There was something a little bit different about the UTS Olympic - Wollongong Wolves game at Leichardt Oval. Before a ball was kicked in earnest, Jimmy Little sang, Charles Perkins was awarded life membership (he formerly played with Olympic in their Pan Hellenic days) and Derek Kickett was introduced to the crowd. One a singer, one a leader and one an Australian Rules footballer all sharing a common bond. Their aboriginality. It was a little strange and wonderful that a club synonymous with the Sydney Greek community was celebrating it. In an interview I had taped the previous day with the General Manager, Lydia Dowse, she explained the club's thinking.
LD: "Well, we've got to relate to the people of Sydney. We're the only club that plays in inner metropolitan Sydney so we're calling ourselves the Sydney team and basically what we're about is finding a way to market ourselves to people generally, not just the Greek community because they'll always support us but to broaden out to other members of the community. We want to have people from all backgrounds come to the game".
PC: Hence the Aboriginal theme.
LD: "In February we're going to have a celebration for Chinese New Year and on another occasion we're going to have a Human Rights day which will be a multi-cultural celebration. We've got a match against Marconi which will be an AIDS awareness game, so we'll have a lot of pamphlets and stuff distributed around the ground. So what we're doing is finding ways to make the game more entertaining and more relevant to people, not just the Greek community, but everybody".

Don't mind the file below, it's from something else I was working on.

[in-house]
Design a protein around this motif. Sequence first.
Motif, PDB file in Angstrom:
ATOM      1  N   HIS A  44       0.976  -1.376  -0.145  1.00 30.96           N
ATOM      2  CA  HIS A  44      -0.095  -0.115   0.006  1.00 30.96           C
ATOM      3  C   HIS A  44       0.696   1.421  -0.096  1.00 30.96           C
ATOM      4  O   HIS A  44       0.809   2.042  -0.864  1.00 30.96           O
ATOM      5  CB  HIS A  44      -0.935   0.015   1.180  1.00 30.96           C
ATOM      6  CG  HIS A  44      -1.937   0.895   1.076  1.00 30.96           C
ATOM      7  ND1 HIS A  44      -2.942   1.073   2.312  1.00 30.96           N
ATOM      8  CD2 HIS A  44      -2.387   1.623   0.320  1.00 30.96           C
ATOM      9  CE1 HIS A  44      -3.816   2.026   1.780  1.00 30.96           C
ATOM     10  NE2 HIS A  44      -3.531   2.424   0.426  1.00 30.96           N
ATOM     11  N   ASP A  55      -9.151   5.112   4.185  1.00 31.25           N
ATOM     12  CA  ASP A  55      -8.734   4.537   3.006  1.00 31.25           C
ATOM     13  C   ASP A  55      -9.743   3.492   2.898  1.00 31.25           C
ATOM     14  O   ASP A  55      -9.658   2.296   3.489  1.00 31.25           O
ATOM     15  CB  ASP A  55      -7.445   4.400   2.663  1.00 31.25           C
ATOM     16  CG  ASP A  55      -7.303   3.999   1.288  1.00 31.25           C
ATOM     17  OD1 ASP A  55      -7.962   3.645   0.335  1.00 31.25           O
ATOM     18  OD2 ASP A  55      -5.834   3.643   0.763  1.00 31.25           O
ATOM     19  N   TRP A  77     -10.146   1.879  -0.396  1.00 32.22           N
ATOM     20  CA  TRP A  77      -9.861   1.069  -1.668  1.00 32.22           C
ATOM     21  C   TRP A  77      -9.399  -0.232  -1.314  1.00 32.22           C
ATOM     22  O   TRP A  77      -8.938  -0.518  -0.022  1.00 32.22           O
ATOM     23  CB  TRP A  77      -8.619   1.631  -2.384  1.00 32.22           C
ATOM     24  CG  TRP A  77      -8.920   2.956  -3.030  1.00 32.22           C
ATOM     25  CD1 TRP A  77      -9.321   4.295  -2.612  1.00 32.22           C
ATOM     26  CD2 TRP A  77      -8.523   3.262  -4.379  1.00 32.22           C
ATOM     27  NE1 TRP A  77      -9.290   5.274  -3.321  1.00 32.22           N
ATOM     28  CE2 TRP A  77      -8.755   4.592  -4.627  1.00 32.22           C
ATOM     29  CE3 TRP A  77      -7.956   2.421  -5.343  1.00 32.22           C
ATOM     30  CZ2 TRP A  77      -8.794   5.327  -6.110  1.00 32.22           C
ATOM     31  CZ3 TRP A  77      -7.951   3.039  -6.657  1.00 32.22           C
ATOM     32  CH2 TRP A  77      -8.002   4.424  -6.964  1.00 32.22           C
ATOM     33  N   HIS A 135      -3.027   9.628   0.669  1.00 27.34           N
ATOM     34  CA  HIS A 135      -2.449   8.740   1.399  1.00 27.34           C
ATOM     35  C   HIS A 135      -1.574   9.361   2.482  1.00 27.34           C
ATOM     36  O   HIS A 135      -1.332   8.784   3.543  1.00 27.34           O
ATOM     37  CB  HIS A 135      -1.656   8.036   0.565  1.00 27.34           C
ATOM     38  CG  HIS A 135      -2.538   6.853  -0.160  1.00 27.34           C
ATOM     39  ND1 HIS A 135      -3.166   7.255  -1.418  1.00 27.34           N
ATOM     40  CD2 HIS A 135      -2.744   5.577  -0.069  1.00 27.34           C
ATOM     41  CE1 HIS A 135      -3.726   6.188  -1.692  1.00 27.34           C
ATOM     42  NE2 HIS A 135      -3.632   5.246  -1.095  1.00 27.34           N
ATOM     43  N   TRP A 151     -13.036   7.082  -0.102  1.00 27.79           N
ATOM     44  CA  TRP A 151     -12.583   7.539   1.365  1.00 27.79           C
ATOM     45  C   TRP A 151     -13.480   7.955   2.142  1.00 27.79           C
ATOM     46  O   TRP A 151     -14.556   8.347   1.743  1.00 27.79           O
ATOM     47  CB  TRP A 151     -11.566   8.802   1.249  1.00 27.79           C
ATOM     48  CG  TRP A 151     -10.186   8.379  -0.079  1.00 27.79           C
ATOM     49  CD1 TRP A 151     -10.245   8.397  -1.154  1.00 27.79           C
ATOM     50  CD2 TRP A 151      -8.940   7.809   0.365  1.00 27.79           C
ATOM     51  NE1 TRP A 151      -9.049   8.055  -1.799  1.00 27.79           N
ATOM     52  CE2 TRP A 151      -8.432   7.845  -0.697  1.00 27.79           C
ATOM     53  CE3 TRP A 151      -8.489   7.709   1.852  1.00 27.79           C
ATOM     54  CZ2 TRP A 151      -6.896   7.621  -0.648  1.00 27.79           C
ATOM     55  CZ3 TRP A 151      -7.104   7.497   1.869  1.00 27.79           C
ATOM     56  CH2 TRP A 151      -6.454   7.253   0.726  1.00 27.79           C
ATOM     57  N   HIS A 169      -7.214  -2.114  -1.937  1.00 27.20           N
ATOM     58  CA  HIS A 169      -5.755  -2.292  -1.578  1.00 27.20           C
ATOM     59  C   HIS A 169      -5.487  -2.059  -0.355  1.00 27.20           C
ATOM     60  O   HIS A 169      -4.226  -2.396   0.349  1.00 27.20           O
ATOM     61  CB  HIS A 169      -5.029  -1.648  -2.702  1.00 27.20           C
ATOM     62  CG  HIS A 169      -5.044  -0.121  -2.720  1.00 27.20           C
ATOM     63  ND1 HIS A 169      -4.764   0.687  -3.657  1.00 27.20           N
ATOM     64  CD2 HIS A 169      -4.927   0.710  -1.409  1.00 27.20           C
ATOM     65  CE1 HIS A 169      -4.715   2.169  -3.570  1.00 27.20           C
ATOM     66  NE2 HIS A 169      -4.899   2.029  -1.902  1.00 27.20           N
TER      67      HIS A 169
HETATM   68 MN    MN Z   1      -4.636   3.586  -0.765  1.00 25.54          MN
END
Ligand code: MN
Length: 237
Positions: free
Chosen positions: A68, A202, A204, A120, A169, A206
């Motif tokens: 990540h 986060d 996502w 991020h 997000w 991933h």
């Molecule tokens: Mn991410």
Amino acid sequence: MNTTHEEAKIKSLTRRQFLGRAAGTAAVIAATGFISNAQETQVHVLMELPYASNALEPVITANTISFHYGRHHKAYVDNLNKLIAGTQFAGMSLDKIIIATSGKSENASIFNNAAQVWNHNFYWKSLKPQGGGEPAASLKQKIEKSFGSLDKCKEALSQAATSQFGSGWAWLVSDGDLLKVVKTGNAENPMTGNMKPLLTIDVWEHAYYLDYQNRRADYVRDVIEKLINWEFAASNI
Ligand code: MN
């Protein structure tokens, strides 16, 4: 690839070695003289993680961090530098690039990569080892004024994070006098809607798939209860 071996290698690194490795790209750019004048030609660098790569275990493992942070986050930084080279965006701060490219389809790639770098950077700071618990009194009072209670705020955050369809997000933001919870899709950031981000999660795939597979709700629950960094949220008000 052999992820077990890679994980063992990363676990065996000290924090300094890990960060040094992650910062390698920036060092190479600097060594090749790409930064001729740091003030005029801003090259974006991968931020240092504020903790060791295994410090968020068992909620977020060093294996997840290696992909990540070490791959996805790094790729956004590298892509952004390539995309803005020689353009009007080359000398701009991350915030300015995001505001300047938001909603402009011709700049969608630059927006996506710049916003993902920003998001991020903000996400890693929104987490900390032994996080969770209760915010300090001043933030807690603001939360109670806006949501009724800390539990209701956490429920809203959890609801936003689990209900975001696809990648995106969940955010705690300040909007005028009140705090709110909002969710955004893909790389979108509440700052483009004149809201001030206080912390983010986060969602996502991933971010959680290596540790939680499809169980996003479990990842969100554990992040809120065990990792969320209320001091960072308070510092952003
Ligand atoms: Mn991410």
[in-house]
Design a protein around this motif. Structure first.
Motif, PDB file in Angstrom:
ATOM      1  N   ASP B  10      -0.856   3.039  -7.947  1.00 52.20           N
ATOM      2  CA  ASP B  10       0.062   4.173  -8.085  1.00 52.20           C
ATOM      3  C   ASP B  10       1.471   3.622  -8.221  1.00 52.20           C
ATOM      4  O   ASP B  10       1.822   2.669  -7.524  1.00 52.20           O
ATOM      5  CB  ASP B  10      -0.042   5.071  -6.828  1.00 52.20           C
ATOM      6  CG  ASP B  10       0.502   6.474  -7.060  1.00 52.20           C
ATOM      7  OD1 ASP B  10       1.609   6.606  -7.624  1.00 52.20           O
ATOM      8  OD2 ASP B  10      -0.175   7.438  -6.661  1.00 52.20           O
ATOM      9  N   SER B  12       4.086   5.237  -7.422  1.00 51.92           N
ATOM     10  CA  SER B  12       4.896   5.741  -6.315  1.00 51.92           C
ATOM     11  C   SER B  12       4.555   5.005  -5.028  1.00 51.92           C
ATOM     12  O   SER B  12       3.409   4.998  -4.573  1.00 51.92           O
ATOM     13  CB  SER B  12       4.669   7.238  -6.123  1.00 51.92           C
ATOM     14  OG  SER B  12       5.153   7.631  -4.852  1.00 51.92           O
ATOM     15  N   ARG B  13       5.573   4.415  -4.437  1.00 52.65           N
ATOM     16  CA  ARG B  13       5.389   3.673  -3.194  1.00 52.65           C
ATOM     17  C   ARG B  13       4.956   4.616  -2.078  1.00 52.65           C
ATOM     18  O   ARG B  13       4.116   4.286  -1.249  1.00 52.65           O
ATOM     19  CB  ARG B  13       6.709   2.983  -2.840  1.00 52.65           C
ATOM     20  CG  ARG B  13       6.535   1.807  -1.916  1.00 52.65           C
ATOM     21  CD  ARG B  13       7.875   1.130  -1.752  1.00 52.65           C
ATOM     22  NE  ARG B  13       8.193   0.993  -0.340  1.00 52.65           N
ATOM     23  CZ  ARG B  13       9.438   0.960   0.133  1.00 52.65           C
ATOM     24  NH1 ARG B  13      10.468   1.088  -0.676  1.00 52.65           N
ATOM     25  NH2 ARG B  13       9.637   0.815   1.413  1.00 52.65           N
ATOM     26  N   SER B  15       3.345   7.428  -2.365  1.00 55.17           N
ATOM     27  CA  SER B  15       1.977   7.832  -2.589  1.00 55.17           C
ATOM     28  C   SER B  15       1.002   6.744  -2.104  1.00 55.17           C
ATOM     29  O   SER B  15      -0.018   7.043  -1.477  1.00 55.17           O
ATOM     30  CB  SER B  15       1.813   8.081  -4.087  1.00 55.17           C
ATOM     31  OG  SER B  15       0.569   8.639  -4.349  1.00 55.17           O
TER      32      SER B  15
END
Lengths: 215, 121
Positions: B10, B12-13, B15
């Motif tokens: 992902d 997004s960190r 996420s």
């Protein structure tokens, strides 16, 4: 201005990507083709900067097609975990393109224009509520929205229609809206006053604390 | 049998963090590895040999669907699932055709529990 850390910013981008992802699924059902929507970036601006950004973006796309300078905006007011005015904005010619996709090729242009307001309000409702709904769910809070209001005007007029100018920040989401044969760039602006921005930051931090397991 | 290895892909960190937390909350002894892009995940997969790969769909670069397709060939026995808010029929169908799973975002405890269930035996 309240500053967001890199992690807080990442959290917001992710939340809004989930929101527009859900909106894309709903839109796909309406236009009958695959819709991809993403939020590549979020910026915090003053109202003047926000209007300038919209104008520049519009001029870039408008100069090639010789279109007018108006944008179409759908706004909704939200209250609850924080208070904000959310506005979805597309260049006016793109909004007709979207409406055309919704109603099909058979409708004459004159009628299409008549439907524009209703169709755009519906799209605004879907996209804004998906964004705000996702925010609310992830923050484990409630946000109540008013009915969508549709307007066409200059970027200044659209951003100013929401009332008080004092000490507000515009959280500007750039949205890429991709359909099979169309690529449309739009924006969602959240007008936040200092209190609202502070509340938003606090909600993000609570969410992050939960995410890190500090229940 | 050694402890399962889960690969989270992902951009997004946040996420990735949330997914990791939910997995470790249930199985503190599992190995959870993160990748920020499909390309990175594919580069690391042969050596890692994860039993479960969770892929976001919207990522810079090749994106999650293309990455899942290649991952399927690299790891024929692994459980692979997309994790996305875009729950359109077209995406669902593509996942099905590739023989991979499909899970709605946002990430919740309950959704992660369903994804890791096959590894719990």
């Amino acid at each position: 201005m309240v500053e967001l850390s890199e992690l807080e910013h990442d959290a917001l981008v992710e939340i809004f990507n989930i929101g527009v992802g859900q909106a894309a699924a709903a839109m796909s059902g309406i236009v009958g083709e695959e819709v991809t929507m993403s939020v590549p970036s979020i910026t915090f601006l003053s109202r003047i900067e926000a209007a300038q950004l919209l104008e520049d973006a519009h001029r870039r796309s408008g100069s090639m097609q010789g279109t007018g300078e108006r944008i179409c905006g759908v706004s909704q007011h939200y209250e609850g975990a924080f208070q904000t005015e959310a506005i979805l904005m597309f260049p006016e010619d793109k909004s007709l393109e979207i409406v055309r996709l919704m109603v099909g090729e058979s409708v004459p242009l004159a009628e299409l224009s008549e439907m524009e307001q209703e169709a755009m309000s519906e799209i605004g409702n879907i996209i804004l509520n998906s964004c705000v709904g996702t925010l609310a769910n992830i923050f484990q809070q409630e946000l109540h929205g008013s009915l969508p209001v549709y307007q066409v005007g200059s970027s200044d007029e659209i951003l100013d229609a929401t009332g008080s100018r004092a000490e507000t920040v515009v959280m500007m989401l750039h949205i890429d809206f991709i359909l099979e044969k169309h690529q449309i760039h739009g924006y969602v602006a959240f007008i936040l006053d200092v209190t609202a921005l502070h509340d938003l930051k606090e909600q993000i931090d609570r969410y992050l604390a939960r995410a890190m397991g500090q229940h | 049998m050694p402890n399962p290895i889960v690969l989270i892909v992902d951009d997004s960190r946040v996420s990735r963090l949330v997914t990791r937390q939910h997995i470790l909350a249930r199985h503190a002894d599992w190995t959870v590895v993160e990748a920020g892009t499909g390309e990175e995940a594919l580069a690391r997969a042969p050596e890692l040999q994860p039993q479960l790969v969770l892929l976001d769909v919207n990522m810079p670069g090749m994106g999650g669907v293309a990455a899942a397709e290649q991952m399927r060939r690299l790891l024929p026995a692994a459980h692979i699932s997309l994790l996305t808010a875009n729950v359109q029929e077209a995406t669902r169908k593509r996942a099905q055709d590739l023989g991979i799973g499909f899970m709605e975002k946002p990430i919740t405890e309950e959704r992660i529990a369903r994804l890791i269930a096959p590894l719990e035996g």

"We're getting some of our players to write regular columns in local newspapers. Kimon Taliadores will be writing in the Wentworth Courier, Kris Trajanovski for the Macedonian Herald, Milan Blagojevic for the Serbian newspaper 'Novosti' and so on . We're letting other communities know about us through our players".
"The players over there that you can see" (the interview was being conducted during a Saturday morning training session), "plus our youth team - we've got sixteen different nationalities represented. That's phenomenal, but it also reflects what Sydney's like. If we were to say we're only a Greek club and we only cater for Greeks, then we're only catering for one percent of the population. Very scary stuff. How can you possibly grow?"
PC: Well, this is all very fine of course but there must be some elements within the club who don't wish to embrace the broader community. I asked Lydia whether this reaching out had encountered much opposition from within the club. She answered emphatically.
LD: "None! It's funny you know. The Greeks have always been a community who have been open to other people. They're not what you call a militant racist group of people at all. I was employed by nine Greek men".
It's worth noting here that Lydia Dowse is a female of Anglo-Saxon origin which makes her quite unique amongst the traditional ethnic male culture of most Australian clubs.